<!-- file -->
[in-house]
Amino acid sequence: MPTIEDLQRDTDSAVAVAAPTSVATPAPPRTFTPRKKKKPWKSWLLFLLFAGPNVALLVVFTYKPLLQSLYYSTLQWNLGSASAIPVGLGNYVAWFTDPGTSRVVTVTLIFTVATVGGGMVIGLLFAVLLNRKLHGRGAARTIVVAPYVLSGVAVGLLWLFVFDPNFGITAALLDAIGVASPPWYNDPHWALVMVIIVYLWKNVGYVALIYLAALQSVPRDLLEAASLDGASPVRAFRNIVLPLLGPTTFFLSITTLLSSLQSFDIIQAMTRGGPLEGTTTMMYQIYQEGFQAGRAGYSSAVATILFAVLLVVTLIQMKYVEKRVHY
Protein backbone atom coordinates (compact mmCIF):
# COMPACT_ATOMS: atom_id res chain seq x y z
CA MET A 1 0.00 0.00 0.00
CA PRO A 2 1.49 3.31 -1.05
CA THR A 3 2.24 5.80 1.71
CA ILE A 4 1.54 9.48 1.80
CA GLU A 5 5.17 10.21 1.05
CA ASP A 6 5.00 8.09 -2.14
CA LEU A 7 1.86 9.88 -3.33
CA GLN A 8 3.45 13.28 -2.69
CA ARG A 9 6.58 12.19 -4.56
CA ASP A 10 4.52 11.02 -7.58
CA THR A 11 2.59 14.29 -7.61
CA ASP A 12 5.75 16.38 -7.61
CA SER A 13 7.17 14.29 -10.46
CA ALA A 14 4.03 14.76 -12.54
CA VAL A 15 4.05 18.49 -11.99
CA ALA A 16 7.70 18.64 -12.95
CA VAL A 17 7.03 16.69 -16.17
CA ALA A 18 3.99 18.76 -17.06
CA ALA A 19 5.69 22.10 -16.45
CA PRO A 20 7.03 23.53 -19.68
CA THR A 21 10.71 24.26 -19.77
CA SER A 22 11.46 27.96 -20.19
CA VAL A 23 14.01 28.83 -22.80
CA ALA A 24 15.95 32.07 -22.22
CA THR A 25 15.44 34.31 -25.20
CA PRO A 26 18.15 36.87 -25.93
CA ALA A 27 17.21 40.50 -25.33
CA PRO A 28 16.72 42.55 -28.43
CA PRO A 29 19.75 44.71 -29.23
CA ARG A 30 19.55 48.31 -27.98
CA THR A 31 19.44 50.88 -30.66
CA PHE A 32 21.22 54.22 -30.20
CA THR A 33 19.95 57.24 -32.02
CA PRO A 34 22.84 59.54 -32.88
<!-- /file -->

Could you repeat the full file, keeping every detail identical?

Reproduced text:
[in-house]
Amino acid sequence: MPTIEDLQRDTDSAVAVAAPTSVATPAPPRTFTPRKKKKPWKSWLLFLLFAGPNVALLVVFTYKPLLQSLYYSTLQWNLGSASAIPVGLGNYVAWFTDPGTSRVVTVTLIFTVATVGGGMVIGLLFAVLLNRKLHGRGAARTIVVAPYVLSGVAVGLLWLFVFDPNFGITAALLDAIGVASPPWYNDPHWALVMVIIVYLWKNVGYVALIYLAALQSVPRDLLEAASLDGASPVRAFRNIVLPLLGPTTFFLSITTLLSSLQSFDIIQAMTRGGPLEGTTTMMYQIYQEGFQAGRAGYSSAVATILFAVLLVVTLIQMKYVEKRVHY
Protein backbone atom coordinates (compact mmCIF):
# COMPACT_ATOMS: atom_id res chain seq x y z
CA MET A 1 0.00 0.00 0.00
CA PRO A 2 1.49 3.31 -1.05
CA THR A 3 2.24 5.80 1.71
CA ILE A 4 1.54 9.48 1.80
CA GLU A 5 5.17 10.21 1.05
CA ASP A 6 5.00 8.09 -2.14
CA LEU A 7 1.86 9.88 -3.33
CA GLN A 8 3.45 13.28 -2.69
CA ARG A 9 6.58 12.19 -4.56
CA ASP A 10 4.52 11.02 -7.58
CA THR A 11 2.59 14.29 -7.61
CA ASP A 12 5.75 16.38 -7.61
CA SER A 13 7.17 14.29 -10.46
CA ALA A 14 4.03 14.76 -12.54
CA VAL A 15 4.05 18.49 -11.99
CA ALA A 16 7.70 18.64 -12.95
CA VAL A 17 7.03 16.69 -16.17
CA ALA A 18 3.99 18.76 -17.06
CA ALA A 19 5.69 22.10 -16.45
CA PRO A 20 7.03 23.53 -19.68
CA THR A 21 10.71 24.26 -19.77
CA SER A 22 11.46 27.96 -20.19
CA VAL A 23 14.01 28.83 -22.80
CA ALA A 24 15.95 32.07 -22.22
CA THR A 25 15.44 34.31 -25.20
CA PRO A 26 18.15 36.87 -25.93
CA ALA A 27 17.21 40.50 -25.33
CA PRO A 28 16.72 42.55 -28.43
CA PRO A 29 19.75 44.71 -29.23
CA ARG A 30 19.55 48.31 -27.98
CA THR A 31 19.44 50.88 -30.66
CA PHE A 32 21.22 54.22 -30.20
CA THR A 33 19.95 57.24 -32.02
CA PRO A 34 22.84 59.54 -32.88